So, how do you write a good landing page? Let’s do something different in this blog: let’s keep it simple. Because that’s what copywriting for landing pages should be: clear, simple and to the point with one main focus.
It’s been a month or two since we’ve talked about landing pages, so let’s review: a landing page is a page visitors first see when they enter your website. It’s a hub of keywords that you drive visitors to. The purpose of a landing page is to gather information from visitors (such as email addresses) and turn potential leads into customers.
Writing for these pages is fairly straightforward, but doing it well is another story. There are a few things you need to keep in mind: how do you capture your visitor’s attention, how do you maintain that attention, and how do you focus it?
There are a couple of ways to do that! It all tends to center around the design of the page.
Content-heavy landing pages
Content-light landing pages
So, how do you do all that?
Like we mentioned above, you need to keep it simple and put the spotlight on one topic. Ever heard of Hick’s Law? It states that people will take longer to make a decision if they have more options to choose from. It’s like this: you’re in an ice cream shop that sells three flavors: vanilla, chocolate, or strawberry. It’s quick to choose what you want, right?
Now step into another ice cream shop. This one has 36 flavors and 50 toppings. Think vanilla, chocolate, strawberry, peanut butter, cookie dough, cookies and cream, sherbert, brownie, fudge swirl, black cherry, pistachio, rocky road, green tea, etc. The toppings are chocolate syrup, caramel, nuts, chocolate chips, strawberries, gummy bears; everything you can think of.
So, what do you want?
Stumped? That’s Hick’s Law in action.
The same thing happens to your readers if you present them with too many options! So keep it simple. If you want to address three different topics/keywords, write three landing pages.
But how do you choose those topics? We got you covered.
Assuming you’ve done your keyword research, you’ll know what terms people are searching for and you should know what demographic you want to target with that specific keyword/phrase. Most importantly, write it so it’s relatable to your targeted demographic!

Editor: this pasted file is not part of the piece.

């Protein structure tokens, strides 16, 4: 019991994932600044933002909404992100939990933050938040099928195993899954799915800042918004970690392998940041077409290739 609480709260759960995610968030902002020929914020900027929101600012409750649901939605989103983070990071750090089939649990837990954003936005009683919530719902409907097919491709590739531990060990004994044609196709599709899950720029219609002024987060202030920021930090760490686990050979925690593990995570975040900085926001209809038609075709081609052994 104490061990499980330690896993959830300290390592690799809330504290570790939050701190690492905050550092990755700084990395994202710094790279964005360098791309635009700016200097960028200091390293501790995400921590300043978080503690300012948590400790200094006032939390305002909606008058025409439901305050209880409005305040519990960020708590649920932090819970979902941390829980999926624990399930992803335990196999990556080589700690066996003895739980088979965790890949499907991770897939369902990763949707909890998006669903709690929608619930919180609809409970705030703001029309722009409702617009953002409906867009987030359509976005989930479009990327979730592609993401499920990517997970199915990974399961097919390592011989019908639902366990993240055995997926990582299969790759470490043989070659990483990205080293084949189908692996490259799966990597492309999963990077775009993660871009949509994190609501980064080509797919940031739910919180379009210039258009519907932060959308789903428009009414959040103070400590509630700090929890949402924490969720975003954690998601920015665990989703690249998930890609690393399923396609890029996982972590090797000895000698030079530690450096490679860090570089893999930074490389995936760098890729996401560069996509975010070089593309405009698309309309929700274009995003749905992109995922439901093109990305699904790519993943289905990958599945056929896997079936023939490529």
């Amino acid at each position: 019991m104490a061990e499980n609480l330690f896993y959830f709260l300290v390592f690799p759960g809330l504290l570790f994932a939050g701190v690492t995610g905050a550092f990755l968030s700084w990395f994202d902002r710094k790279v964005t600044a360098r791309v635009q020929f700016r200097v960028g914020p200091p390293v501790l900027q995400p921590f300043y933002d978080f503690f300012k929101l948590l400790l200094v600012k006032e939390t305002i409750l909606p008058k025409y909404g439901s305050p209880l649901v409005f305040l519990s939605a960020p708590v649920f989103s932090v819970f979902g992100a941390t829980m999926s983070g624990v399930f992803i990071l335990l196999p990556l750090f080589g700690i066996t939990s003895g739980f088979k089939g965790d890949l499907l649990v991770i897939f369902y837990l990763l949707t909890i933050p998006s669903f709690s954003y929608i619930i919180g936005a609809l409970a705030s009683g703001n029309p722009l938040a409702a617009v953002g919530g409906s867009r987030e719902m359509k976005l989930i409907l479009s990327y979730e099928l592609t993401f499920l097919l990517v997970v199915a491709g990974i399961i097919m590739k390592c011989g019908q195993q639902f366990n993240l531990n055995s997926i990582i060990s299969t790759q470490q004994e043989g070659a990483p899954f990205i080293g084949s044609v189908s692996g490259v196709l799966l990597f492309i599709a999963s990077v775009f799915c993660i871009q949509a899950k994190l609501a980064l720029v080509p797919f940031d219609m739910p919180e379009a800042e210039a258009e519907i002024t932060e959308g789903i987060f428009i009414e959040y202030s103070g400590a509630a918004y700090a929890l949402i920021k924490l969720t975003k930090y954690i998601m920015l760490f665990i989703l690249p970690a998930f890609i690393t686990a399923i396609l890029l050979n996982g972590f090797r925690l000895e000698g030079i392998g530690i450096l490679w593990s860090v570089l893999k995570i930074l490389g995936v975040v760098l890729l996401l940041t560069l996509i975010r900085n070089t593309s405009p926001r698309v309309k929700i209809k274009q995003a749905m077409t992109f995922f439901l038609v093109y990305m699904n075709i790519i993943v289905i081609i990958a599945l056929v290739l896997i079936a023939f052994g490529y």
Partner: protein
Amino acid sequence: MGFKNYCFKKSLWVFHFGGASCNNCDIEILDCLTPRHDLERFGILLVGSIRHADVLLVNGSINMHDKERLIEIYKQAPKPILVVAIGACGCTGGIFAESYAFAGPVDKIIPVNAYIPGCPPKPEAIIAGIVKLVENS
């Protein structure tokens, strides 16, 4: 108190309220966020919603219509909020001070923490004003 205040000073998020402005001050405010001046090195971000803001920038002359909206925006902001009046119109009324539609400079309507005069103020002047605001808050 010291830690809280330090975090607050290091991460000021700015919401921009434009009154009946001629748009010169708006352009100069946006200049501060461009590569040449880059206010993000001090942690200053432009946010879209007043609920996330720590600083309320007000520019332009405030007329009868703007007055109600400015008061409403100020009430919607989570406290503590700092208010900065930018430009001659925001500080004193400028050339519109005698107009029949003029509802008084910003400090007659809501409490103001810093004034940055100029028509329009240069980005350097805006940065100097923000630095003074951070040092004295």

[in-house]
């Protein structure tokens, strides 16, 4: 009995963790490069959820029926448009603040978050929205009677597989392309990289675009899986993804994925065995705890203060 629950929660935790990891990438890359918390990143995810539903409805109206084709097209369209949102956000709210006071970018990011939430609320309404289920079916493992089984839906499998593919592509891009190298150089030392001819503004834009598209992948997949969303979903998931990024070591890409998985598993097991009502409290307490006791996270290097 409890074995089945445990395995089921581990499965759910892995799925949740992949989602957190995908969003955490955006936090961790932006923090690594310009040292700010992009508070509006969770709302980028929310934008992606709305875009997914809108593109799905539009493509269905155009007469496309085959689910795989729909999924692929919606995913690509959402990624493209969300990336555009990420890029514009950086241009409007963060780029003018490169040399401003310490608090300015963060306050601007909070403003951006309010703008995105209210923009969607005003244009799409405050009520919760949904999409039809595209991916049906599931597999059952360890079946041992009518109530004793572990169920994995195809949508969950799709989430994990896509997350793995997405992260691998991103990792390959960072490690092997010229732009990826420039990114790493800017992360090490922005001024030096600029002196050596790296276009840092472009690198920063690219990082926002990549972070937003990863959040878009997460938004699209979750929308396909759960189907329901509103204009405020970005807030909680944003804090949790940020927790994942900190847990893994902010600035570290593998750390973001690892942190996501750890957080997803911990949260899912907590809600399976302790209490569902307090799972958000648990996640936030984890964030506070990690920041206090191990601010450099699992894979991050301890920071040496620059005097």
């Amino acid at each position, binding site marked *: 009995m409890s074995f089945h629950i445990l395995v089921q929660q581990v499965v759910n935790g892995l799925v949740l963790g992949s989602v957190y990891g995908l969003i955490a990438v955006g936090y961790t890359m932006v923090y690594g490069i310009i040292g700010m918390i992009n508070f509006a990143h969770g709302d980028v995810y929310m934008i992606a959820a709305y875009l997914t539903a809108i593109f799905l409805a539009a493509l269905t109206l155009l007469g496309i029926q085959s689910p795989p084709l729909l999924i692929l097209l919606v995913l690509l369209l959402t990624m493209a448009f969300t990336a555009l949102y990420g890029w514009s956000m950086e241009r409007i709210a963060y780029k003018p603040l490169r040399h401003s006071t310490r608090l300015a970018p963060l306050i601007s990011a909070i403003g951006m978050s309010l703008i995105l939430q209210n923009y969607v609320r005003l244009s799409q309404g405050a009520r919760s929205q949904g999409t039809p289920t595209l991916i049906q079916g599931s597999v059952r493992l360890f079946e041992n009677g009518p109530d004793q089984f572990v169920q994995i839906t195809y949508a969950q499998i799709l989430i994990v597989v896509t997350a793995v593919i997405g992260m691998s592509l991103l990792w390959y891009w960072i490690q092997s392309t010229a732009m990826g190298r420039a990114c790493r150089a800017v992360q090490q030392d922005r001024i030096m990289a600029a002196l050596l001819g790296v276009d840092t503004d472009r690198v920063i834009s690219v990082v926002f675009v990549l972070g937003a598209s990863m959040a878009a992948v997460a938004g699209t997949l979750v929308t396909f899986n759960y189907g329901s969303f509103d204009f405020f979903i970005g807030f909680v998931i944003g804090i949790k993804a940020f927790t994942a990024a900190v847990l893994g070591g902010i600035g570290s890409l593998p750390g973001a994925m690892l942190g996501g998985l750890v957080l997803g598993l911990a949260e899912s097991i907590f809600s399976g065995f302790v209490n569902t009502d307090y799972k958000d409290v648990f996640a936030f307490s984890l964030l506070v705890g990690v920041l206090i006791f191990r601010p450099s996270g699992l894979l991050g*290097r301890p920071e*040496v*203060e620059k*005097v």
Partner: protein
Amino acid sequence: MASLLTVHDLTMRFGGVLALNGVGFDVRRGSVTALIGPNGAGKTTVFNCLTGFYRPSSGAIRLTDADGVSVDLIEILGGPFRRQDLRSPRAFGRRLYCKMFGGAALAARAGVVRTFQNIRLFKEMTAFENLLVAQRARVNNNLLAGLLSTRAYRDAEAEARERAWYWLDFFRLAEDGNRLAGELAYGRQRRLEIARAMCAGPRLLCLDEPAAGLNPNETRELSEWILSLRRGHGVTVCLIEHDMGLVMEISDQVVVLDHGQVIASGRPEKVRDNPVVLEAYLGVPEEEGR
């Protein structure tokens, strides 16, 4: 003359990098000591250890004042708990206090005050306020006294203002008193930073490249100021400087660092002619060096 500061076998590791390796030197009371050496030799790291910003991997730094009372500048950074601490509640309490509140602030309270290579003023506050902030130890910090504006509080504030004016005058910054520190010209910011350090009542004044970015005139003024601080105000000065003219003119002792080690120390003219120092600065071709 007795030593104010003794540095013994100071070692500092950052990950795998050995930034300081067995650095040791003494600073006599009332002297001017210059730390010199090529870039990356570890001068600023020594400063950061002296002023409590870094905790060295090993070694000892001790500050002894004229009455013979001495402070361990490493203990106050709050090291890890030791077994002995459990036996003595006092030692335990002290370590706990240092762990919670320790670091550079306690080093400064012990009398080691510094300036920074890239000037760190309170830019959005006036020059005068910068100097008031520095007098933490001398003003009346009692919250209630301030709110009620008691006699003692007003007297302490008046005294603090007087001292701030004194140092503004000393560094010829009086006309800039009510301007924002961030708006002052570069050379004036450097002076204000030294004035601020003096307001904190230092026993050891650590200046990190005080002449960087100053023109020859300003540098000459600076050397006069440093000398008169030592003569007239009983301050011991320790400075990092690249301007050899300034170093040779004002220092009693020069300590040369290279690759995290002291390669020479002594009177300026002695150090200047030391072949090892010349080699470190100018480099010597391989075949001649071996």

For example, you own a women’s fashion company. You want a landing page to highlight how your cashmere sweaters are made from free-range goats in a luxury farm facility. So, what are your demographics? Probably women, ages 30-50. So write for them.
For this, we would focus on a content-light page with plenty of photos (and maybe a video) of your goats and facility. Writing-wise, keep the tone light and fun, without it being too childish.
A promise is your value proposition — why does your product/service offer the most benefit to the reader? How does your product/service change your reader’s life? Why is it better than your competition?
It’s like this: your business is better because your goats are free-range. It changes their lives because your cashmere sweater is affordable, or comes in styles for everyone to enjoy. It offers the most benefit because your sweater is better.
The promise is usually paired with a single irresistible offer.
You’re only presenting one topic, so it doesn’t make sense to make more than one offer. So, what’s your one offer? What’s the reason why people should interact with your website or buy from you?
Are you offering a 10% off discount code? An e-book? A free session? Whatever it is, offer it and ONLY it on the landing page.
It really is that simple (on paper, at least) to write a landing page. In practice, you’re going to need a design team and content writer who can change their style to match a specific demographic. That writer and designer will want to work closely to ensure the written content isn’t lost in the design.
So let’s review. A landing page should focus on one topic, make one promise, and offer one thing. It can be light or heavy on content, depending on what will appeal to your target demographic and what you’re trying to sell.
And never forget Hick’s Law! While more choices in an ice cream shop may be a dream come true, it is a nightmare for online landing pages.
Bottom line? Keep it simple. Your readers will thank you.